Digital Processor Reviews

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John Atkinson Posted: Oct 05, 2014 1 comments
A reader recently asked if I preferred listening to loudspeakers or to headphones. There is no easy answer: Although I do most of my music listening through speakers, about 10% of that listening, for various reasons, takes place in the privacy of my headphones. I have also found that, since I purchased the Audeze LCD-X headphones following my review of them last March, I now tend to watch movies on my MacBook Pro, with the soundtrack reproduced by these headphones plugged into an AudioQuest DragonFly or whatever D/A headphone amplifier has been passing through my test lab. So when Meridian's PR person, Sue Toscano, asked me last Christmas if I'd be interested in reviewing the English company's new Prime D/A headphone amplifier ($2000) with its optional Prime Power Supply ($1295), it took me less than a New York minute to say "Yes."
Jon Iverson Posted: Aug 27, 2014 1 comments
Professional digital audio is like gravity to consumer audio's antigravity: pro gear draws music into digital files, and consumer audio releases those same notes back out again.

It's not surprising, then, that many audiophile digital-to-analog converters come to us from the pro-audio industry, which has a hierarchy similar to the consumer side: value-oriented products all the way up to ultimate-performance brands. Examples of pro-audio companies that also offer audiophile DACs for consumers abound: Benchmark, CEntrance, Grace Design, Korg, Mytek, and Nagra, to name a few.

Art Dudley Posted: Aug 22, 2014 2 comments
It's like hearing the name of an old friend and then seeing him, in your mind's eye, as he was when you were both much younger: Whenever talk turns to Boulder, Colorado–based PS Audio, I can't help picturing that company's Model IV preamplifier, of the early 1980s—most likely because that was the preamp I longed to own at the time. (Tragically, I couldn't afford to buy it, so I struggled on with my NAD 1020.)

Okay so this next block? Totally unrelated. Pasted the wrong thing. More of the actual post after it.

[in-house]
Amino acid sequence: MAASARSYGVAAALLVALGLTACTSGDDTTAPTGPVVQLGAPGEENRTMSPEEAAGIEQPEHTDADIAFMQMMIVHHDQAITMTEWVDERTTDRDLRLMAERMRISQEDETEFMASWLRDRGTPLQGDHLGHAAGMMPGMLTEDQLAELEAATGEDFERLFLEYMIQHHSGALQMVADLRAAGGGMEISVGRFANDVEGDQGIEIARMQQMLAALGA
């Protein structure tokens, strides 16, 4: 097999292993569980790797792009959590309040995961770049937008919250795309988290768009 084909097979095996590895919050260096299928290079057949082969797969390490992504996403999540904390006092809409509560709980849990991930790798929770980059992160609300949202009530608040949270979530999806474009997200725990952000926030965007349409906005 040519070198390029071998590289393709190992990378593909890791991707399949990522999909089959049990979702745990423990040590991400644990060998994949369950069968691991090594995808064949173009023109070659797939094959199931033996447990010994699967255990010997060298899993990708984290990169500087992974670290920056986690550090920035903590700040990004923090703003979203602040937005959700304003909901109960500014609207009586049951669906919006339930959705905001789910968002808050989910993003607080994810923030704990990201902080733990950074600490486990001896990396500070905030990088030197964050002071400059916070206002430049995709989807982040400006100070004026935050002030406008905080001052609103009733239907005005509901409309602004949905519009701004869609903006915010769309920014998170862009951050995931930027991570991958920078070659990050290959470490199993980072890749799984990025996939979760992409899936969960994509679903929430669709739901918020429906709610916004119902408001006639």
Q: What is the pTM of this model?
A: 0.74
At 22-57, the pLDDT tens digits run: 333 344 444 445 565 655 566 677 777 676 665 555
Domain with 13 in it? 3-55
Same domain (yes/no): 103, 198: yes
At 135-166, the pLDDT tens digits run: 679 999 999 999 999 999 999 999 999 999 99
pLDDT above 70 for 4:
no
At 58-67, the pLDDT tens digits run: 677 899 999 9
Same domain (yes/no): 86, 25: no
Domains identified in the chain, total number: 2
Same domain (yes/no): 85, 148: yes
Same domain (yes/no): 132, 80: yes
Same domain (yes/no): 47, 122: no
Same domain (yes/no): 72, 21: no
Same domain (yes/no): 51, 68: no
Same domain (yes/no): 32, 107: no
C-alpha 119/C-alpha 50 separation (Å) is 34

Art Dudley Posted: Jul 03, 2014 0 comments
In the summer of 1999, Sony held a press event in New York City to mark the introduction of the Super Audio Compact Disc, then the sole domestic embodiment of the Direct Stream Digital (DSD) technology, jointly developed by Sony and Philips. The new format was hailed, in prepared remarks, by an impressive list of audio and music dignitaries: Nobuyuki Idei, then president of Sony Corporation; Steven Epstein, senior executive producer for Sony Classical; Yo-Yo Ma, appearing in a video created for the event; and Wynton Marsalis, appearing in person. All of the speeches—every single one of them—flattered SACD by likening its sound to that of the analog LP.
Art Dudley Posted: May 27, 2014 11 comments
Ten years ago, the average consumer was unaware that he or she needed an e-book reader. Since that time, neither those people nor the authors whose books they consume have changed very much. But the people in between have grown restless and unsatisfied, and it is they who call the tune. Consequently, many of you have gone from owning books to sort of, kind of owning books (and sort of, kind of not).
John Marks Posted: Apr 10, 2014 2 comments
Were it my place to hand out awards for "The Most Forthright People in Audio," Michael Grace of Grace Design would be at the top of the list. Years ago, after I'd given stellar recommendations of Grace's 901 and m902 headphone-amplifier-DAC-line-stage models, I asked Grace if I could audition his full-rack–size, more fully featured m904 Stereo Monitor Controller. He told me that he didn't think that was necessary, because the m904's sound was extremely similar to the sound of the smaller m902—it just had a different feature set, and he believed that the additional features were not things that Stereophile readers were likely to need. That is the only case I can recall of a manufacturer's declining an offer of additional coverage in Stereophile.
Sam Tellig Posted: Jul 18, 2014 Published: Apr 01, 2014 10 comments
They can't sound very good—they're not big enough. As we all know, in hi-fi, big products mean big performance. Musical Fidelity's V90 series can't be any good. They don't cost enough. With your golden ears, you must pay through the nose.

The V90 components turn all this around. They are tiny. Inexpensive. Beautifully built.

Jon Iverson Posted: Mar 28, 2014 2 comments